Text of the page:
September 14, 2020

Millions of families have lost jobs and wages due to the economic crisis created by COVID-19. In response, Congress has taken a number of steps to mitigate the impact of the pandemic on hunger, unemployment, and housing. These efforts — some of which already have expired or will expire on September 30 — remain critical for struggling families across the country. One such effort is the Pandemic Electronic Benefit Transfer (P-EBT) program, created by Congress through the Families First Coronavirus Response Act. It provides an EBT card with the value of free school breakfast and lunch for the days that families lost access to free and reduced-price school meals due to school closures. Without Congressional action, P-EBT will end on September 30.

For families who have received P-EBT, the program offered a lifeline that filled the nutrition needs no longer being met by school meals. To understand the implementation and impact of P- EBT, FRAC and the Center on Budget and Policy Priorities (CBPP) conducted a rapid assessment of this critical program, which included surveys and interviews of state officials and advocates to document how their state implemented P-EBT. As is evident in the state profiles that FRAC and CBPP developed about each state’s program, the implementation took tremendous effort, creativity, and agility by state officials and other stakeholders.[1] The first report on our findings, entitled Congressional Inaction Exacerbates Hardship, Effective Tools Are Available and Should Be Used, details the struggles of low-income families throughout the pandemic; shows the impact that P-EBT has had on these families; and outlines the actions Congress must take to ensure that the program’s continued expansion and success result in reaching hungry children.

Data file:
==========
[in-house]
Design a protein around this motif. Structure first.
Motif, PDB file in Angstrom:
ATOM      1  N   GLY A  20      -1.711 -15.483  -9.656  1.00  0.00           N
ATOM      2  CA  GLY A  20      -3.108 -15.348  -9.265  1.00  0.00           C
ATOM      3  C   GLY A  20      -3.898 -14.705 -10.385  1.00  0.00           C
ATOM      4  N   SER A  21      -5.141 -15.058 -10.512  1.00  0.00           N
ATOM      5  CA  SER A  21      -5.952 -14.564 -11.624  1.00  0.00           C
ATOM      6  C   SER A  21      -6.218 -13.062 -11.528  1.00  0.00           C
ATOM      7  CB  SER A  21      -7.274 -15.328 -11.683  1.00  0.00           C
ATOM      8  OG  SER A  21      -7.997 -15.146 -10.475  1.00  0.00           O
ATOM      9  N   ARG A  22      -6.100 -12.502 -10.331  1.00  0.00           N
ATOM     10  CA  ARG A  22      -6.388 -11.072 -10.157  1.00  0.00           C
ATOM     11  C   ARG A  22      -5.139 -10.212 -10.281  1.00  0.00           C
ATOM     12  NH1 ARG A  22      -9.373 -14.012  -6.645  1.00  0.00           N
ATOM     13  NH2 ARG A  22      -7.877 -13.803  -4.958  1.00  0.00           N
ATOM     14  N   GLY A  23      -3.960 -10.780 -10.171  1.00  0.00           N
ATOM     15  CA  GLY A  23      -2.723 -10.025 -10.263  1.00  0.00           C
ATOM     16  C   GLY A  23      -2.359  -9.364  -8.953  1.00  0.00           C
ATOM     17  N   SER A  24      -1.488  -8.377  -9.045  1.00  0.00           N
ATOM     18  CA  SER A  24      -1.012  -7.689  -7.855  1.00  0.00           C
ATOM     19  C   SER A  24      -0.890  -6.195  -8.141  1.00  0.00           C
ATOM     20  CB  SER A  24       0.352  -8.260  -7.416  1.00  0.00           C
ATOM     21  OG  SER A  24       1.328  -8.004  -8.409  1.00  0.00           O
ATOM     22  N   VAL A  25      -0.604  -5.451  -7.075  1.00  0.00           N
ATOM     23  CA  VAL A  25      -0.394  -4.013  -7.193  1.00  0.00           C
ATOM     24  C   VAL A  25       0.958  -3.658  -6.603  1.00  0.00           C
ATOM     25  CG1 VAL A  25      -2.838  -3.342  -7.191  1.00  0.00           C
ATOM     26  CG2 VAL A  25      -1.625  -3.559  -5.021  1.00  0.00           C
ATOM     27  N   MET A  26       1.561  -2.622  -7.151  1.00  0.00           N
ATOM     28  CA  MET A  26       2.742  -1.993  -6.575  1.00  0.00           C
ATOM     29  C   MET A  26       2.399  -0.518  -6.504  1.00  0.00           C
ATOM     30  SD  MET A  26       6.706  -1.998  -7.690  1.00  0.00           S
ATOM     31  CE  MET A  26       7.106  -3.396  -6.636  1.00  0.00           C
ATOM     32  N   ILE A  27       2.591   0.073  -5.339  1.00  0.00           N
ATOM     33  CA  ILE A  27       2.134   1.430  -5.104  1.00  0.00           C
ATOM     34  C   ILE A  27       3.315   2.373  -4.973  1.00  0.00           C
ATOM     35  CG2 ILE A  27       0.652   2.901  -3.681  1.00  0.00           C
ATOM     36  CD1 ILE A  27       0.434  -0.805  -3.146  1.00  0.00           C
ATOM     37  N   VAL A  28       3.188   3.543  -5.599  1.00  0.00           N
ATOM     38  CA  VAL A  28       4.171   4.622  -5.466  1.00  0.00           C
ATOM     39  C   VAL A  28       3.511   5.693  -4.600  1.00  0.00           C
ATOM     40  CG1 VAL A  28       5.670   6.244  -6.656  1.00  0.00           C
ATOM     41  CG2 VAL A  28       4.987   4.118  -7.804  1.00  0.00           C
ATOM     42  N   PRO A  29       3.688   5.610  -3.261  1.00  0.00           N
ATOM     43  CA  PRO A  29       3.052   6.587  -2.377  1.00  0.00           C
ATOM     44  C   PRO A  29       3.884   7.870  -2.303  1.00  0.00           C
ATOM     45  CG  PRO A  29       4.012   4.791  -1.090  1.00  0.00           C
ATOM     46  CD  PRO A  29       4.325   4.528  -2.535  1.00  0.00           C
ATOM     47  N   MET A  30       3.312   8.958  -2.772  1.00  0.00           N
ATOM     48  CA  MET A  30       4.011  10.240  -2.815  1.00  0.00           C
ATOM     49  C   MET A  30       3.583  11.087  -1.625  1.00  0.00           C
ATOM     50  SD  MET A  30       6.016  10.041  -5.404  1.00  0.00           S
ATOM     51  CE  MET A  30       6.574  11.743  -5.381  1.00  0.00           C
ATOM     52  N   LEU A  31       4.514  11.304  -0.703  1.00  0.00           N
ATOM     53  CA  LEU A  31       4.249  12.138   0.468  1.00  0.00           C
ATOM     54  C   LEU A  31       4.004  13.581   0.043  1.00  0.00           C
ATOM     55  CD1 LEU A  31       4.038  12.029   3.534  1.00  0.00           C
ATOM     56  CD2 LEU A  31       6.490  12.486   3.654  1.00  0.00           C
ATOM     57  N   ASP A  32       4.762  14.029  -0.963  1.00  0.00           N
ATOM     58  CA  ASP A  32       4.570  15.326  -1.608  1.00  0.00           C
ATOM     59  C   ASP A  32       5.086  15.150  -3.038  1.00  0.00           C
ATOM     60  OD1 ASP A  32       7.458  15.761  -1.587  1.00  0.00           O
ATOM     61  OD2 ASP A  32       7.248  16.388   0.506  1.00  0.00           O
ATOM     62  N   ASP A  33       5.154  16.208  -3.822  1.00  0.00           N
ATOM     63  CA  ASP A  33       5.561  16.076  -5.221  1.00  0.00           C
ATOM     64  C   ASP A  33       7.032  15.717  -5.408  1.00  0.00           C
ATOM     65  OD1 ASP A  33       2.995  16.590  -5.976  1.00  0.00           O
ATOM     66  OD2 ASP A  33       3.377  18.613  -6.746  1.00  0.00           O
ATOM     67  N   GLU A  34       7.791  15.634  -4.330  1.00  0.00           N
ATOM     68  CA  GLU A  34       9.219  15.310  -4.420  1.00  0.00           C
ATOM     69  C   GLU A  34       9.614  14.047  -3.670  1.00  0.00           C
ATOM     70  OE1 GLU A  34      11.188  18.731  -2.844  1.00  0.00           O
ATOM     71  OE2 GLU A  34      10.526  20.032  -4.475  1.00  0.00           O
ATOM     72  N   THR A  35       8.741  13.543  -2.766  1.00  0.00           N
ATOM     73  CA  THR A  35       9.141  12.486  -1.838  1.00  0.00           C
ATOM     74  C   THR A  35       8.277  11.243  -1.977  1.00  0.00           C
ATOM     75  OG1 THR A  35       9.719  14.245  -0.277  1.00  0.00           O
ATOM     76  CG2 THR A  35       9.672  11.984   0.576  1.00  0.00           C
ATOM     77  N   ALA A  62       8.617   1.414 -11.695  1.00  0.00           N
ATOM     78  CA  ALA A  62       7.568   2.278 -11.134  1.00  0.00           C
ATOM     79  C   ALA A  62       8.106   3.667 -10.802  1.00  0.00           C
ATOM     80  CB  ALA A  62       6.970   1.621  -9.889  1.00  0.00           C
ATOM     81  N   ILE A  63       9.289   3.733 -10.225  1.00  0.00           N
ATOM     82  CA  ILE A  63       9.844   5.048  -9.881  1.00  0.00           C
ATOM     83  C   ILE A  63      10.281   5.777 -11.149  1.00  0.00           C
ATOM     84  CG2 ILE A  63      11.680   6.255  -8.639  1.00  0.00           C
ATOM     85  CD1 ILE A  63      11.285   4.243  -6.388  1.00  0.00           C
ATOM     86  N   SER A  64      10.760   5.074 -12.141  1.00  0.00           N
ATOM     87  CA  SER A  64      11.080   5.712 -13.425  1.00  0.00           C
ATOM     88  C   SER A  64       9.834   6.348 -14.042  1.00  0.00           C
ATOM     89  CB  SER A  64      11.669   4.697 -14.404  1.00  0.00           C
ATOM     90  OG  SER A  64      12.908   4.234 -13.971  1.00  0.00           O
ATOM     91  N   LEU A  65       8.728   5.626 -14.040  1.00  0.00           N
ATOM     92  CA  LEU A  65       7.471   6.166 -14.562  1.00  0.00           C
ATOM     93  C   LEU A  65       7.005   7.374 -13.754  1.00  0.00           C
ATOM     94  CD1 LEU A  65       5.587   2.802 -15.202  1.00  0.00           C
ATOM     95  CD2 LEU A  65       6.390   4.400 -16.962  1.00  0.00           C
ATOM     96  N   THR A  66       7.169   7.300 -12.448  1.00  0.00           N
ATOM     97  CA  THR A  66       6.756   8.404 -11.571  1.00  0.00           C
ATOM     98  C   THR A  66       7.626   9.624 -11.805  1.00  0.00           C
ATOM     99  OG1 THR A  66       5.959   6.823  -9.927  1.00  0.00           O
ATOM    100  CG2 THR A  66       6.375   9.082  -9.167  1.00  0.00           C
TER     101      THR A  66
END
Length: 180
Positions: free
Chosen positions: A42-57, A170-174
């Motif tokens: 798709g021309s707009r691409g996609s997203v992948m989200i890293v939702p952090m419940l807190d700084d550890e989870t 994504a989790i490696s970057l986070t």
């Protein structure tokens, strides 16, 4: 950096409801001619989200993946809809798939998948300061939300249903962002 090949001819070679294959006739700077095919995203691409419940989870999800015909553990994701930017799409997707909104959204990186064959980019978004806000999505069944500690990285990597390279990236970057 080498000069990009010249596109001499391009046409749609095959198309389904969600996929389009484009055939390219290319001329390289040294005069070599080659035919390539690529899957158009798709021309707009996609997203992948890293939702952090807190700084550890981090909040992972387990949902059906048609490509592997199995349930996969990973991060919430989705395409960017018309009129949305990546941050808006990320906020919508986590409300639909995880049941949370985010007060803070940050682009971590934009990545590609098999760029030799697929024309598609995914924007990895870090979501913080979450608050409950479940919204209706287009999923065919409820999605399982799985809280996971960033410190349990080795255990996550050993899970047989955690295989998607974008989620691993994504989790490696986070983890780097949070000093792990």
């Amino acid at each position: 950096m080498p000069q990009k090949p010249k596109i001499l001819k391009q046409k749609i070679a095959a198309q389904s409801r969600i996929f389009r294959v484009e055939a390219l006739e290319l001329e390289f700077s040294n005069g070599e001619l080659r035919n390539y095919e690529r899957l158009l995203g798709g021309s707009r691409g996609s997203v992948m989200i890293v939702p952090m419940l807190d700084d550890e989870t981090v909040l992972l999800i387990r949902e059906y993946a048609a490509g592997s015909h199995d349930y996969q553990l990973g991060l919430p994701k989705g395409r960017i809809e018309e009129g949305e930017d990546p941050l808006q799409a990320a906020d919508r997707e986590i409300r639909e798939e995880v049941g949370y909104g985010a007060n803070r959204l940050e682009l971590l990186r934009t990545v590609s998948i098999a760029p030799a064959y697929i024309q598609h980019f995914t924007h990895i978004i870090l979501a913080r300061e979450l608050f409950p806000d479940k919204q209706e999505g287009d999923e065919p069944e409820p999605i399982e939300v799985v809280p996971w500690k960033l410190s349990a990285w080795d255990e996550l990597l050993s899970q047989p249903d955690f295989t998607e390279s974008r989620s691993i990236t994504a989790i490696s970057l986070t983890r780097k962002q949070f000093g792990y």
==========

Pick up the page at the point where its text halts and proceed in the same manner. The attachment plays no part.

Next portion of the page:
FRAC calls upon Congress to extend the P-EBT program through December 2021 and to take the following actions to expand access to the program in the coming school year.

  • Make P-EBT more responsive to the variety of ways that schools may operate in the upcoming school year due to the pandemic. In the 2020–2021 school year, different districts are using varied models of reopening. These include fully in-person (eliminating the need for P-EBT benefits as students are present to receive meals), fully virtual instruction, and hybrid versions of the two. P-EBT benefits would be helpful to students in virtual and hybrid situations though current rules make it difficult to ensure students can and will receive benefits.
  • Extend P-EBT to low-income families who rely on meals provided through the Child and Adult Care Food Program (CACFP): Families with young children, including infants and toddlers, are disproportionately represented among those who haven’t benefited from SNAP increases during the pandemic, as many were already receiving the maximum benefit. Because young children may have been receiving free or reduced-price meals in childcare, they may be receiving less food assistance now than prior to the pandemic.
  • Expand the P-EBT program to Puerto Rico, the Commonwealth of the Northern Mariana Islands, and American Samoa. These areas were left out of P-EBT, even though they operate federal school meals programs. In Puerto Rico, this caused nearly 300,000 children in public schools to miss out on these critical benefits.

For a full list of P-EBT improvements FRAC would like to see included in the next relief package, see FRAC’s P-EBT Priorities.

[1] See for links to a profile for each state (which includes how the state identified eligible children, issued benefits, and responded to inquiries from families) and a compilation of state materials (including websites, benefit applications, notices, and outreach materials). A report summarizing the joint findings, case studies of eight states, and state-by-state tables describing implementation features will soon be available at that site.